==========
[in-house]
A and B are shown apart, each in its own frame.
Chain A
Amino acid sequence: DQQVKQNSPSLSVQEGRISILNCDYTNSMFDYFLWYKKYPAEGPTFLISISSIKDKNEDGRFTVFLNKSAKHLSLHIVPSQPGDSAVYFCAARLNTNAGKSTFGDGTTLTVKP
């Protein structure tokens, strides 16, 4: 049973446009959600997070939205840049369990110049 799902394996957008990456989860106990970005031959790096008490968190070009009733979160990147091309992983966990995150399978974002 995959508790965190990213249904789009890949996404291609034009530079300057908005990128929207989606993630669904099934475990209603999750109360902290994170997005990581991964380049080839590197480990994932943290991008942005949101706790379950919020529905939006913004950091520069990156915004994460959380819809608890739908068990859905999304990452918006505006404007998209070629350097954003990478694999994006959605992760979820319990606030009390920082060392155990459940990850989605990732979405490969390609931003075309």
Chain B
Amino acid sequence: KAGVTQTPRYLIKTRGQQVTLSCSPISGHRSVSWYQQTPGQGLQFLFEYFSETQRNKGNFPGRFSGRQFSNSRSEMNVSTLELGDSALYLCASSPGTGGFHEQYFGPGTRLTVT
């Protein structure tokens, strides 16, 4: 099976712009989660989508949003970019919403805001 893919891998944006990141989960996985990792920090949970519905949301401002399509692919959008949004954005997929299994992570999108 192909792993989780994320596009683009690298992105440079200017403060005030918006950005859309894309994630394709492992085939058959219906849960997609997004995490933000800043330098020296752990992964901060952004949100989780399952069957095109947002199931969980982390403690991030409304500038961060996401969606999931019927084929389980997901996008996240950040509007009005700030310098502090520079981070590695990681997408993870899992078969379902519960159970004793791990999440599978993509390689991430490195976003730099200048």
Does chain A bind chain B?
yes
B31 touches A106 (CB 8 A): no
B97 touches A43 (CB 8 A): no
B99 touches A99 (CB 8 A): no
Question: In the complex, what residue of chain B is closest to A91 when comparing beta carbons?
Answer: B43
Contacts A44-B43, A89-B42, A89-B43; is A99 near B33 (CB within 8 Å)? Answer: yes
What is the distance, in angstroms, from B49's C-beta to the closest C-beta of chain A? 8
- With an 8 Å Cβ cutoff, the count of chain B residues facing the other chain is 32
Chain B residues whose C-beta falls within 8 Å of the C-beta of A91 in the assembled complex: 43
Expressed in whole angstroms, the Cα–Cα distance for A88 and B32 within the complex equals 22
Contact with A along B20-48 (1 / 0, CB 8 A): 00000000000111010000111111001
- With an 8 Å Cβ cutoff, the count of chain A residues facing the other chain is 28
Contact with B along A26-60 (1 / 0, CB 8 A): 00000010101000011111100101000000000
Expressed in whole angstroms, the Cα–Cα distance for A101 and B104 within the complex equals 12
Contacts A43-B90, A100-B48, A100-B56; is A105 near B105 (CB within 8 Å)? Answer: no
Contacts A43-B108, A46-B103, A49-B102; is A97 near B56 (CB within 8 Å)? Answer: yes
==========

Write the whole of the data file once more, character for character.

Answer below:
[in-house]
A and B are shown apart, each in its own frame.
Chain A
Amino acid sequence: DQQVKQNSPSLSVQEGRISILNCDYTNSMFDYFLWYKKYPAEGPTFLISISSIKDKNEDGRFTVFLNKSAKHLSLHIVPSQPGDSAVYFCAARLNTNAGKSTFGDGTTLTVKP
């Protein structure tokens, strides 16, 4: 049973446009959600997070939205840049369990110049 799902394996957008990456989860106990970005031959790096008490968190070009009733979160990147091309992983966990995150399978974002 995959508790965190990213249904789009890949996404291609034009530079300057908005990128929207989606993630669904099934475990209603999750109360902290994170997005990581991964380049080839590197480990994932943290991008942005949101706790379950919020529905939006913004950091520069990156915004994460959380819809608890739908068990859905999304990452918006505006404007998209070629350097954003990478694999994006959605992760979820319990606030009390920082060392155990459940990850989605990732979405490969390609931003075309």
Chain B
Amino acid sequence: KAGVTQTPRYLIKTRGQQVTLSCSPISGHRSVSWYQQTPGQGLQFLFEYFSETQRNKGNFPGRFSGRQFSNSRSEMNVSTLELGDSALYLCASSPGTGGFHEQYFGPGTRLTVT
């Protein structure tokens, strides 16, 4: 099976712009989660989508949003970019919403805001 893919891998944006990141989960996985990792920090949970519905949301401002399509692919959008949004954005997929299994992570999108 192909792993989780994320596009683009690298992105440079200017403060005030918006950005859309894309994630394709492992085939058959219906849960997609997004995490933000800043330098020296752990992964901060952004949100989780399952069957095109947002199931969980982390403690991030409304500038961060996401969606999931019927084929389980997901996008996240950040509007009005700030310098502090520079981070590695990681997408993870899992078969379902519960159970004793791990999440599978993509390689991430490195976003730099200048």
Does chain A bind chain B?
yes
B31 touches A106 (CB 8 A): no
B97 touches A43 (CB 8 A): no
B99 touches A99 (CB 8 A): no
Question: In the complex, what residue of chain B is closest to A91 when comparing beta carbons?
Answer: B43
Contacts A44-B43, A89-B42, A89-B43; is A99 near B33 (CB within 8 Å)? Answer: yes
What is the distance, in angstroms, from B49's C-beta to the closest C-beta of chain A? 8
- With an 8 Å Cβ cutoff, the count of chain B residues facing the other chain is 32
Chain B residues whose C-beta falls within 8 Å of the C-beta of A91 in the assembled complex: 43
Expressed in whole angstroms, the Cα–Cα distance for A88 and B32 within the complex equals 22
Contact with A along B20-48 (1 / 0, CB 8 A): 00000000000111010000111111001
- With an 8 Å Cβ cutoff, the count of chain A residues facing the other chain is 28
Contact with B along A26-60 (1 / 0, CB 8 A): 00000010101000011111100101000000000
Expressed in whole angstroms, the Cα–Cα distance for A101 and B104 within the complex equals 12
Contacts A43-B90, A100-B48, A100-B56; is A105 near B105 (CB within 8 Å)? Answer: no
Contacts A43-B108, A46-B103, A49-B102; is A97 near B56 (CB within 8 Å)? Answer: yes